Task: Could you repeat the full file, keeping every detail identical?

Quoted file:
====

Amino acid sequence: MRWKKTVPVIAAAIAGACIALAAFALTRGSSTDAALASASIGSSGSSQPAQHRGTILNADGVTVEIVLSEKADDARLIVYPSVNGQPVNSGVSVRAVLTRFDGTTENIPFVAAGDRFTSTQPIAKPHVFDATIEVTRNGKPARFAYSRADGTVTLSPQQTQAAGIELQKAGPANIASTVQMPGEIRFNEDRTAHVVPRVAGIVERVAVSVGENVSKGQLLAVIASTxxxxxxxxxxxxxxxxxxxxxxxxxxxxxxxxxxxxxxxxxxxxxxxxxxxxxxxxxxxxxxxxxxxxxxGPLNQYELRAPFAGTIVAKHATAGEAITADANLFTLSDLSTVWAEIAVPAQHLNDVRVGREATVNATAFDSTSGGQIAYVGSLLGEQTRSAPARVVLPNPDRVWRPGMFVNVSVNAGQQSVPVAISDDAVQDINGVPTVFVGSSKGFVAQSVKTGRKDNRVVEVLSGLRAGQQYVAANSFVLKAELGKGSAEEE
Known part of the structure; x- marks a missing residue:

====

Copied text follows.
Amino acid sequence: MRWKKTVPVIAAAIAGACIALAAFALTRGSSTDAALASASIGSSGSSQPAQHRGTILNADGVTVEIVLSEKADDARLIVYPSVNGQPVNSGVSVRAVLTRFDGTTENIPFVAAGDRFTSTQPIAKPHVFDATIEVTRNGKPARFAYSRADGTVTLSPQQTQAAGIELQKAGPANIASTVQMPGEIRFNEDRTAHVVPRVAGIVERVAVSVGENVSKGQLLAVIASTxxxxxxxxxxxxxxxxxxxxxxxxxxxxxxxxxxxxxxxxxxxxxxxxxxxxxxxxxxxxxxxxxxxxxxGPLNQYELRAPFAGTIVAKHATAGEAITADANLFTLSDLSTVWAEIAVPAQHLNDVRVGREATVNATAFDSTSGGQIAYVGSLLGEQTRSAPARVVLPNPDRVWRPGMFVNVSVNAGQQSVPVAISDDAVQDINGVPTVFVGSSKGFVAQSVKTGRKDNRVVEVLSGLRAGQQYVAANSFVLKAELGKGSAEEE
Known part of the structure; x- marks a missing residue: